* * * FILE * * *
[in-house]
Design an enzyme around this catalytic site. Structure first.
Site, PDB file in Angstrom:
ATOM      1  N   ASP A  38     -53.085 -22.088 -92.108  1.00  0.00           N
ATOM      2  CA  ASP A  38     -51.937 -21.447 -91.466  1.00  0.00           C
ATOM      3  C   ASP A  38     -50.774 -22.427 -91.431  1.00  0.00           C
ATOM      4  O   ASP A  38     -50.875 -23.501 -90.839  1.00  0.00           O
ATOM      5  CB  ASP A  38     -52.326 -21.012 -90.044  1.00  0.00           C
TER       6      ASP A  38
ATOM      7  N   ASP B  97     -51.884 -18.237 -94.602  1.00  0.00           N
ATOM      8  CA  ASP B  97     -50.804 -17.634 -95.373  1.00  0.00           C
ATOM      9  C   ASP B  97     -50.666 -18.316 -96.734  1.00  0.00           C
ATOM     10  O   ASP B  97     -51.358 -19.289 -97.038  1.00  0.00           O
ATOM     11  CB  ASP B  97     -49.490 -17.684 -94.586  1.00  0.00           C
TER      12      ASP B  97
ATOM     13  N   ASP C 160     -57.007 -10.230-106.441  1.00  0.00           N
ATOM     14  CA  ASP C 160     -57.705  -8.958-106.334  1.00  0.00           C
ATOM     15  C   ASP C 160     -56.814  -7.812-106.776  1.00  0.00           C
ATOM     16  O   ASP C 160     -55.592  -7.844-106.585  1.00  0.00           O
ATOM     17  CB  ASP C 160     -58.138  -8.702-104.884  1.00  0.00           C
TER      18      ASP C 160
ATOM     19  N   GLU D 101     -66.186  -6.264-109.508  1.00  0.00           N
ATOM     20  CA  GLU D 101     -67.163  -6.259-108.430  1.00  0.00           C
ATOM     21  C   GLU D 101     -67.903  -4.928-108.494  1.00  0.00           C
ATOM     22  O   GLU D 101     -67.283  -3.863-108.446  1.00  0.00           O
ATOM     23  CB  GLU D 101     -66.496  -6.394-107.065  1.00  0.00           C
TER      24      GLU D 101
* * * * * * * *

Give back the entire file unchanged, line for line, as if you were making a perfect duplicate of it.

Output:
[in-house]
Design an enzyme around this catalytic site. Structure first.
Site, PDB file in Angstrom:
ATOM      1  N   ASP A  38     -53.085 -22.088 -92.108  1.00  0.00           N
ATOM      2  CA  ASP A  38     -51.937 -21.447 -91.466  1.00  0.00           C
ATOM      3  C   ASP A  38     -50.774 -22.427 -91.431  1.00  0.00           C
ATOM      4  O   ASP A  38     -50.875 -23.501 -90.839  1.00  0.00           O
ATOM      5  CB  ASP A  38     -52.326 -21.012 -90.044  1.00  0.00           C
TER       6      ASP A  38
ATOM      7  N   ASP B  97     -51.884 -18.237 -94.602  1.00  0.00           N
ATOM      8  CA  ASP B  97     -50.804 -17.634 -95.373  1.00  0.00           C
ATOM      9  C   ASP B  97     -50.666 -18.316 -96.734  1.00  0.00           C
ATOM     10  O   ASP B  97     -51.358 -19.289 -97.038  1.00  0.00           O
ATOM     11  CB  ASP B  97     -49.490 -17.684 -94.586  1.00  0.00           C
TER      12      ASP B  97
ATOM     13  N   ASP C 160     -57.007 -10.230-106.441  1.00  0.00           N
ATOM     14  CA  ASP C 160     -57.705  -8.958-106.334  1.00  0.00           C
ATOM     15  C   ASP C 160     -56.814  -7.812-106.776  1.00  0.00           C
ATOM     16  O   ASP C 160     -55.592  -7.844-106.585  1.00  0.00           O
ATOM     17  CB  ASP C 160     -58.138  -8.702-104.884  1.00  0.00           C
TER      18      ASP C 160
ATOM     19  N   GLU D 101     -66.186  -6.264-109.508  1.00  0.00           N
ATOM     20  CA  GLU D 101     -67.163  -6.259-108.430  1.00  0.00           C
ATOM     21  C   GLU D 101     -67.903  -4.928-108.494  1.00  0.00           C
ATOM     22  O   GLU D 101     -67.283  -3.863-108.446  1.00  0.00           O
ATOM     23  CB  GLU D 101     -66.496  -6.394-107.065  1.00  0.00           C
TER      24      GLU D 101